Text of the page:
The process of ratification of the Treaty of Lisbon by the 27 member states, one of the top priorities of the Slovenian EU Presidency, began on 17 December, when Hungary's parliament overwhelmingly ratified the document. The process will continue in early 2008. Slovenia plans to set an example by approving the text as soon as possible.

"It will probably be in January or February 2008, although the exact date has not been set," explained a Slovenian diplomat. All the documents (treaty, protocols, declarations, etc) were transmitted to parliament before the Christmas recess to enable members to study them during the holidays and vote in early 2008.

France, which will take up the six-month rotating EU Presidency in July, also plans to encourage the process by approving the treaty as early as possible. The French National Assembly will meet on 4 February in Versailles to revise the constitution, a preliminary to endorsing the new treaty. Ratification will take place ahead of the local elections in March, since parliament's hands are tied during the election period. Slovenia and France will team up on the ratification process and hope to see it completed before the end of 2008.

Just one referendum

Is there any possibility of the treaty being rejected, as in 2005 with the draft Constitution? In principle, the chances are slim since governments are avoiding consulting their voters wherever possible. Ireland is the only member state organising a referendum, during the summer of 2008, as obliged by its constitution. Europe has not forgotten Ireland's rejection of the Treaty of Nice in 2001, however. What is more, a poll published by the Irish Times in November showed that 12% of the 1,000 people surveyed planned to vote against the treaty and 62% were undecided. During a similar poll on the draft EU Constitution, 46% of the Irish said they supported the text, 12% were opposed and 42% undecided. "Since the two treaties are virtually identical, the sharp drop in support for the new treaty shows that the outcome of the referendum could be close," concluded the newspaper.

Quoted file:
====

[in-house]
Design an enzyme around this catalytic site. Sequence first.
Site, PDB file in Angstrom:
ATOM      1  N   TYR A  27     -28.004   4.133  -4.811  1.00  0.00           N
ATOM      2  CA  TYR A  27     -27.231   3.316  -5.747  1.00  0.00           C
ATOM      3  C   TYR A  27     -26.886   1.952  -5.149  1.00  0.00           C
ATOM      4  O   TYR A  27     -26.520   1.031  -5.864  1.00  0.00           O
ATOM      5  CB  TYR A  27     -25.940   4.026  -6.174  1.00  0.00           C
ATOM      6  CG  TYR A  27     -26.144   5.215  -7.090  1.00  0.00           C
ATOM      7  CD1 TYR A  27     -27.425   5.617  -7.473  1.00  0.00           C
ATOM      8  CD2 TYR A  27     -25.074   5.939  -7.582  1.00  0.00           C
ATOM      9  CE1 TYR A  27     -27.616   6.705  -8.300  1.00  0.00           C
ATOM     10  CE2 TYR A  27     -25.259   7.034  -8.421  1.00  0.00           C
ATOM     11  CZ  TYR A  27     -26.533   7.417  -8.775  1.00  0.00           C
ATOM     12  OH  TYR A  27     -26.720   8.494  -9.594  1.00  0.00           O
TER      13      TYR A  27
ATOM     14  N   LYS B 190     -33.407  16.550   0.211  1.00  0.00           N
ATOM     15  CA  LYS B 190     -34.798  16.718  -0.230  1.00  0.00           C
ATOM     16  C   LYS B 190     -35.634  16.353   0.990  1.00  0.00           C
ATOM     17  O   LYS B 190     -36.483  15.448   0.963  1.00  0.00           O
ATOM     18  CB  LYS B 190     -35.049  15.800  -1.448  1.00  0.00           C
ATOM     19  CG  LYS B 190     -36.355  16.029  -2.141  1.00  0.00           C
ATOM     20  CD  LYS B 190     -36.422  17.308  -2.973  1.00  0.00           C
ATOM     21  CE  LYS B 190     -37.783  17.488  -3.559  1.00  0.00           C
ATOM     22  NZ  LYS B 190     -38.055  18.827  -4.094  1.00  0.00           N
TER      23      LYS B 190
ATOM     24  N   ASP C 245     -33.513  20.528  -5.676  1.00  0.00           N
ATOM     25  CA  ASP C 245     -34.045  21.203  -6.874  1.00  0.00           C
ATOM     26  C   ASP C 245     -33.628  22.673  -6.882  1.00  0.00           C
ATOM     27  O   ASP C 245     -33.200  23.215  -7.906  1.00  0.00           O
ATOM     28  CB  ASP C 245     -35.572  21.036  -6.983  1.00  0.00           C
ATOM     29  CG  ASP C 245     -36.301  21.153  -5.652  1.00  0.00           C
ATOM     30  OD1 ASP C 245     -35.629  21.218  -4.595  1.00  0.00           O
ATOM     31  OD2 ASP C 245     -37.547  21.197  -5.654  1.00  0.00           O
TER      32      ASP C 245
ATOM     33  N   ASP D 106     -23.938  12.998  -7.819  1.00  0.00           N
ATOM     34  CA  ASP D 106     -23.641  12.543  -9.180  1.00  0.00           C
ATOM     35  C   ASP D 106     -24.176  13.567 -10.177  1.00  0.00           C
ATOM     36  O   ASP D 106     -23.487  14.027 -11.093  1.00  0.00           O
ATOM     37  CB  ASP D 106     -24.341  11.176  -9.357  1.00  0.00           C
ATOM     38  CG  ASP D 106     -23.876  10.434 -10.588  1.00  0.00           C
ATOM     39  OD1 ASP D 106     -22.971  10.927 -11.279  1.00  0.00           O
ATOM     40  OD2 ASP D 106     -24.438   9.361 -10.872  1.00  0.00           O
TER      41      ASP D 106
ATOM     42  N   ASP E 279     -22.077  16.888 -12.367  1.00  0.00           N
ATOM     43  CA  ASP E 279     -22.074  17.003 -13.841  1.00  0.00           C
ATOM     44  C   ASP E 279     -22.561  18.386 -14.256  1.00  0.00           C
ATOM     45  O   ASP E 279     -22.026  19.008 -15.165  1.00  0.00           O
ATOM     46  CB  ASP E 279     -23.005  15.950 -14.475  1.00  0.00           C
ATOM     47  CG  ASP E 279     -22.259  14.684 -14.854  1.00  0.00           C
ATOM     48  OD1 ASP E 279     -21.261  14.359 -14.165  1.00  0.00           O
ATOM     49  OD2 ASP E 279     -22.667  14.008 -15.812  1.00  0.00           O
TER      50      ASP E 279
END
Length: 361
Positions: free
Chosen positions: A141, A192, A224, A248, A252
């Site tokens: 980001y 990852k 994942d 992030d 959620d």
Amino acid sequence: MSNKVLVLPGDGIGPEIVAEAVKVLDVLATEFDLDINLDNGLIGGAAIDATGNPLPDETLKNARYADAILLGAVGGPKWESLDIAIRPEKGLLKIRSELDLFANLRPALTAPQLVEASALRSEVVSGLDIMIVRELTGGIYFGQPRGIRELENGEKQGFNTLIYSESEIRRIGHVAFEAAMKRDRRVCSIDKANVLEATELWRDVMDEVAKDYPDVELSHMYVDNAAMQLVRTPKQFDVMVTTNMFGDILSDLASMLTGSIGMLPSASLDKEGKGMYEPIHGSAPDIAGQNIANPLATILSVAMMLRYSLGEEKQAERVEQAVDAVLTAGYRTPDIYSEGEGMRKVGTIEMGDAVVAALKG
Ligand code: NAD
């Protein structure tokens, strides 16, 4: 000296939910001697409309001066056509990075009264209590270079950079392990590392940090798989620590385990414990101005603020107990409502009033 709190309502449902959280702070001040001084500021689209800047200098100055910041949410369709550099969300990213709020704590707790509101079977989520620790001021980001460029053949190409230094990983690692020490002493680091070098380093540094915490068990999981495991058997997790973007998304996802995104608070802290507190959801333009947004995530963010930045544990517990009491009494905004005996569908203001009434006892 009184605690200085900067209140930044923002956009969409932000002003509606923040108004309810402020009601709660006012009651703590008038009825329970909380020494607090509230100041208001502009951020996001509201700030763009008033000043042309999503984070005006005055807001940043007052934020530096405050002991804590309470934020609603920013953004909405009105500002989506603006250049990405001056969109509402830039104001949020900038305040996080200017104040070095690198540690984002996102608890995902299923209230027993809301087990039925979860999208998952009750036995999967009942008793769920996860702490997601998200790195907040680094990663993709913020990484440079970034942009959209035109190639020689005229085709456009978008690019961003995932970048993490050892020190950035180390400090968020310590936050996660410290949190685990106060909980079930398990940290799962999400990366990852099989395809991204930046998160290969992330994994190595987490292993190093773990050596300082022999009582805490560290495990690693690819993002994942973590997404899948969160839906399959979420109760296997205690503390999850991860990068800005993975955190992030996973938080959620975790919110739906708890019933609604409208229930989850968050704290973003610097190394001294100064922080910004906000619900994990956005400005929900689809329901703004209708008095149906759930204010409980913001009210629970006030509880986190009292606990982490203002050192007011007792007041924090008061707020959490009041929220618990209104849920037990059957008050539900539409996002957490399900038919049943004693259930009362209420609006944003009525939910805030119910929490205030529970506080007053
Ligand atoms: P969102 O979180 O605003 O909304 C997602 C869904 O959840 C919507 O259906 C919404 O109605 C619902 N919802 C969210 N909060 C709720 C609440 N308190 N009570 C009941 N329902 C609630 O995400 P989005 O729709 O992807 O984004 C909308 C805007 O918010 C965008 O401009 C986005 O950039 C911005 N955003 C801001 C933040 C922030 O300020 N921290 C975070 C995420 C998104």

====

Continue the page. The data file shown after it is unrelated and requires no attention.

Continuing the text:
That is just a poll, of course, and the main parties and pressure groups seem to back the text, but there is no guarantee of success. Irish MEP Proinsias de Rossa (PES), speaking at an interparliamentary conference on the future of Europe in December in Brussels, commented: "It is important not to put too much pressure on Ireland. What is needed is to explain in practical terms what...

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